Robin Good: I agree. Curation is an autonomous process of collective intelligence, where you and me, and all the others who sift and select from the ocean of information passing through them, unconsciouly help our global brain, to make sense of the information we have ourselves created.
Even those who simply like, share or retweet, contribute to this process, by gradually filtering and marking what is most interesting and relevant to them.
Evolver.fm writes on Wired: "There’s too much stuff. We can help each other find it. This is what the age of curation is about.
Yes, it’s amusing to make fun of people who seem to retweet other people’s links all day, but that’s giving all of those retweeters and Likers too little credit by far.
What they’re really doing is strengthening connections in the global brain, in much the same way the axons and dendrites in our brain grow and lose connections to shape our minds."
"Content curation is the natural evolution of our globally networked consciousness.
This sounds like a bunch of hippie drivel, but we really are creating a global brain, of sorts, by encoding human knowledge and tracking human activity.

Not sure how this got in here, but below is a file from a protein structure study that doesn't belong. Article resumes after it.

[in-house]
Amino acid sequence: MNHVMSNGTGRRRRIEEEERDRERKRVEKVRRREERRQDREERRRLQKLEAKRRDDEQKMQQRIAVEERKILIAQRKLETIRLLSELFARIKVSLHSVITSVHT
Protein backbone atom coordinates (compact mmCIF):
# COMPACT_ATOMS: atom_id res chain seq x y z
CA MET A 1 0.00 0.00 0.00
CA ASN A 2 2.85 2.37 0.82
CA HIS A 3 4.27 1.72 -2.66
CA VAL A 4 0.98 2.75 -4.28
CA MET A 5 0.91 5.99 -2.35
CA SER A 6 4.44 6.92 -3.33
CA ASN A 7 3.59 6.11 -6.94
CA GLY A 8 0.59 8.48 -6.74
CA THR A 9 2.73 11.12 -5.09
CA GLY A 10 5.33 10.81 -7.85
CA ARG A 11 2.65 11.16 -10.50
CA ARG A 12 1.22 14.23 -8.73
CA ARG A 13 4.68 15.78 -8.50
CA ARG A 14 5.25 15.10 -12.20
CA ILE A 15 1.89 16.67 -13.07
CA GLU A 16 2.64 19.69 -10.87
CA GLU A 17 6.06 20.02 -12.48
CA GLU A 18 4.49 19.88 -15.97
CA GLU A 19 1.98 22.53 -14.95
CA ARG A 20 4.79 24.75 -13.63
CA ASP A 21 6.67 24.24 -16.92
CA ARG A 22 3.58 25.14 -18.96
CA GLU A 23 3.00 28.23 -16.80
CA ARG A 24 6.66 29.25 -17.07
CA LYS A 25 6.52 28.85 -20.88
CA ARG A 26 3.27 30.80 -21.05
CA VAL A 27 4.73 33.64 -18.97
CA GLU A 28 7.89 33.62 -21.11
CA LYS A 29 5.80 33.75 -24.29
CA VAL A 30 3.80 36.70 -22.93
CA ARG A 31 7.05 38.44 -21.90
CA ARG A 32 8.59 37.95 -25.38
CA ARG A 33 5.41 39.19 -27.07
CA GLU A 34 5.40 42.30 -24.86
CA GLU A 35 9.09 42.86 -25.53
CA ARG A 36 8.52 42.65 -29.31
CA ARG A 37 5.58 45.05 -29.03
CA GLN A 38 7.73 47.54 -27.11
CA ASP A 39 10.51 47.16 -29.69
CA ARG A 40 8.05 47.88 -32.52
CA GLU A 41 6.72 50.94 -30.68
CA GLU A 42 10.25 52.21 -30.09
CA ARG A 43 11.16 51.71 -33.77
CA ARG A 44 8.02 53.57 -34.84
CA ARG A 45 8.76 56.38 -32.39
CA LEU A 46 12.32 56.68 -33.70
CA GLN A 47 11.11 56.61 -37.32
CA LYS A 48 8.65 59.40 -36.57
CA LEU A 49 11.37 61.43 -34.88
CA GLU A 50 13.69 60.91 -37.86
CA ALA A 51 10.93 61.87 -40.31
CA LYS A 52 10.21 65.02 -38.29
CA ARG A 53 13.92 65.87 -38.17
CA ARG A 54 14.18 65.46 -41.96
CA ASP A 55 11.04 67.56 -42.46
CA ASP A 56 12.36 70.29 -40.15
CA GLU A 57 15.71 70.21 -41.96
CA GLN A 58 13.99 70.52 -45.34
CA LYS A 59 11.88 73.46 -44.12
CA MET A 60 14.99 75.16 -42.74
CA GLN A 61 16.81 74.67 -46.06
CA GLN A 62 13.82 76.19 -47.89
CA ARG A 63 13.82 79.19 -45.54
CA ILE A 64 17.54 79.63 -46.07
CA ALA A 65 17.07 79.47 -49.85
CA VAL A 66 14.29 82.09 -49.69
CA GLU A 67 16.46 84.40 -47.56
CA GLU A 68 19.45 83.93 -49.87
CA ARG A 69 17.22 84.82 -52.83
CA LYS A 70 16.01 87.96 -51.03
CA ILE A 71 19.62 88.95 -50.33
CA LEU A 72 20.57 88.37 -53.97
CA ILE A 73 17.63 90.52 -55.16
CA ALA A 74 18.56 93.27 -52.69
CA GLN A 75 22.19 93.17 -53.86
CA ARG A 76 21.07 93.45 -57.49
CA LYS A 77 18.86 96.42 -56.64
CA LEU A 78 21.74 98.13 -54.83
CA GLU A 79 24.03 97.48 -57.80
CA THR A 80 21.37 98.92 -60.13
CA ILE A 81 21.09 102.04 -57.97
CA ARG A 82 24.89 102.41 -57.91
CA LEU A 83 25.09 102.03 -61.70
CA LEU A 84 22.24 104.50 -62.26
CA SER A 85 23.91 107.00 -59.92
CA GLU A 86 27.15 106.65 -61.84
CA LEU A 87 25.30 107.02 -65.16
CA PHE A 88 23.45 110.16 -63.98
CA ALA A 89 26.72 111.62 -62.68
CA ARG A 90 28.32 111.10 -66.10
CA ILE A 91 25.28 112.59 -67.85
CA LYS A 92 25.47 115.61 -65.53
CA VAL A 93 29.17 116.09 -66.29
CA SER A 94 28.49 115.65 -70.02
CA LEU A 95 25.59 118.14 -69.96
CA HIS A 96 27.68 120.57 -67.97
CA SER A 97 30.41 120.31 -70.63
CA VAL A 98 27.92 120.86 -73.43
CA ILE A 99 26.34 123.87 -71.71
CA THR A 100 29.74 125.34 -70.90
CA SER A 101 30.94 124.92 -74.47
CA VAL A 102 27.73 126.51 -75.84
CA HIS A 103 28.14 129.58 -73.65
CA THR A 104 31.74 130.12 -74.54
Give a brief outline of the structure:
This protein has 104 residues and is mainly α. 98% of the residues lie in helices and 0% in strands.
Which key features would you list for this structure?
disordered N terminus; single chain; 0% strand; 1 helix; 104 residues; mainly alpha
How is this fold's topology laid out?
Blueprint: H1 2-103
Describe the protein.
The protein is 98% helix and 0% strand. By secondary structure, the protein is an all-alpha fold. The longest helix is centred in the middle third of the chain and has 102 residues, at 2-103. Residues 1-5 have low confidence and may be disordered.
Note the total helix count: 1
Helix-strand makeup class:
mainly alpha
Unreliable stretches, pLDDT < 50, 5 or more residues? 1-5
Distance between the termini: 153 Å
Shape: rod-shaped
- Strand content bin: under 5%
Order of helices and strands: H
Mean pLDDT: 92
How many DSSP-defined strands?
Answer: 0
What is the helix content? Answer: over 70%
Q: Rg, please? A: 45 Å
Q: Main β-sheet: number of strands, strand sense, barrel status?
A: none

Using the human nodes of this network to strengthen some of these connections while weakening others (by choosing either to pass along i.e., ‘curate’ information or not to pass it along) helps this global brain function better as a system, which in turn increases its power whenever any of us need to tap into it.
When we curate, for whatever reason and in whatever form, we are enhancing a connection in the global neural network we are inadvertently creating."
Full article: http://www.wired.com/underwire/2012/07/curation/
Via Robin Good